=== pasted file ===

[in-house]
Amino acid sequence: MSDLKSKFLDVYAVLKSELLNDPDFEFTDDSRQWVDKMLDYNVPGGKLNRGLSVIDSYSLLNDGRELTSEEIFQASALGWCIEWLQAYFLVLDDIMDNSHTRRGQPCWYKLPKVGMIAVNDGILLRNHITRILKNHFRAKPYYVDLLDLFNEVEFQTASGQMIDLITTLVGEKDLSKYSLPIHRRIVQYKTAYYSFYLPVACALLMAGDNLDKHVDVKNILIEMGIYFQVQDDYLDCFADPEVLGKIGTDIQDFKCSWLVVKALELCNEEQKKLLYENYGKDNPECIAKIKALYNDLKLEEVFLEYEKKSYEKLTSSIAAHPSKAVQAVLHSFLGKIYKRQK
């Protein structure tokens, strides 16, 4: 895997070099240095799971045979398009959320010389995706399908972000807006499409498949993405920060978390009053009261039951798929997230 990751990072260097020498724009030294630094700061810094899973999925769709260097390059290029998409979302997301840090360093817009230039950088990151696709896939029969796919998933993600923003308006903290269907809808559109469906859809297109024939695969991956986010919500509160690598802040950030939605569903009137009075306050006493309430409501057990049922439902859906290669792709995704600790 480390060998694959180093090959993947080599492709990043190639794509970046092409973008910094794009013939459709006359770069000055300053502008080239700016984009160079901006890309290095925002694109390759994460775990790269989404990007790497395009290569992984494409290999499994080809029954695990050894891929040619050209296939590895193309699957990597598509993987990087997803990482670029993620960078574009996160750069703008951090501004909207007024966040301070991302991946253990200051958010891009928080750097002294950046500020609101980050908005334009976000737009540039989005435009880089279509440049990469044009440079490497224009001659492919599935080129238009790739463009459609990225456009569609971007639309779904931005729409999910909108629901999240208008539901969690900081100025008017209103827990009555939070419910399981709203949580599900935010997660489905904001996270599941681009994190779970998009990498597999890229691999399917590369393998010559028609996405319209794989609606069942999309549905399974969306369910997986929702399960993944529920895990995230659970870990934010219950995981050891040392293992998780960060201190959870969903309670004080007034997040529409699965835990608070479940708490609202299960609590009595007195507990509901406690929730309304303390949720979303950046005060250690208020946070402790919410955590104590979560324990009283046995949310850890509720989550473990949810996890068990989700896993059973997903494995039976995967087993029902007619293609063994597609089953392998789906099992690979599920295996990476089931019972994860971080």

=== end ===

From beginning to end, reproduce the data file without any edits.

[in-house]
Amino acid sequence: MSDLKSKFLDVYAVLKSELLNDPDFEFTDDSRQWVDKMLDYNVPGGKLNRGLSVIDSYSLLNDGRELTSEEIFQASALGWCIEWLQAYFLVLDDIMDNSHTRRGQPCWYKLPKVGMIAVNDGILLRNHITRILKNHFRAKPYYVDLLDLFNEVEFQTASGQMIDLITTLVGEKDLSKYSLPIHRRIVQYKTAYYSFYLPVACALLMAGDNLDKHVDVKNILIEMGIYFQVQDDYLDCFADPEVLGKIGTDIQDFKCSWLVVKALELCNEEQKKLLYENYGKDNPECIAKIKALYNDLKLEEVFLEYEKKSYEKLTSSIAAHPSKAVQAVLHSFLGKIYKRQK
């Protein structure tokens, strides 16, 4: 895997070099240095799971045979398009959320010389995706399908972000807006499409498949993405920060978390009053009261039951798929997230 990751990072260097020498724009030294630094700061810094899973999925769709260097390059290029998409979302997301840090360093817009230039950088990151696709896939029969796919998933993600923003308006903290269907809808559109469906859809297109024939695969991956986010919500509160690598802040950030939605569903009137009075306050006493309430409501057990049922439902859906290669792709995704600790 480390060998694959180093090959993947080599492709990043190639794509970046092409973008910094794009013939459709006359770069000055300053502008080239700016984009160079901006890309290095925002694109390759994460775990790269989404990007790497395009290569992984494409290999499994080809029954695990050894891929040619050209296939590895193309699957990597598509993987990087997803990482670029993620960078574009996160750069703008951090501004909207007024966040301070991302991946253990200051958010891009928080750097002294950046500020609101980050908005334009976000737009540039989005435009880089279509440049990469044009440079490497224009001659492919599935080129238009790739463009459609990225456009569609971007639309779904931005729409999910909108629901999240208008539901969690900081100025008017209103827990009555939070419910399981709203949580599900935010997660489905904001996270599941681009994190779970998009990498597999890229691999399917590369393998010559028609996405319209794989609606069942999309549905399974969306369910997986929702399960993944529920895990995230659970870990934010219950995981050891040392293992998780960060201190959870969903309670004080007034997040529409699965835990608070479940708490609202299960609590009595007195507990509901406690929730309304303390949720979303950046005060250690208020946070402790919410955590104590979560324990009283046995949310850890509720989550473990949810996890068990989700896993059973997903494995039976995967087993029902007619293609063994597609089953392998789906099992690979599920295996990476089931019972994860971080």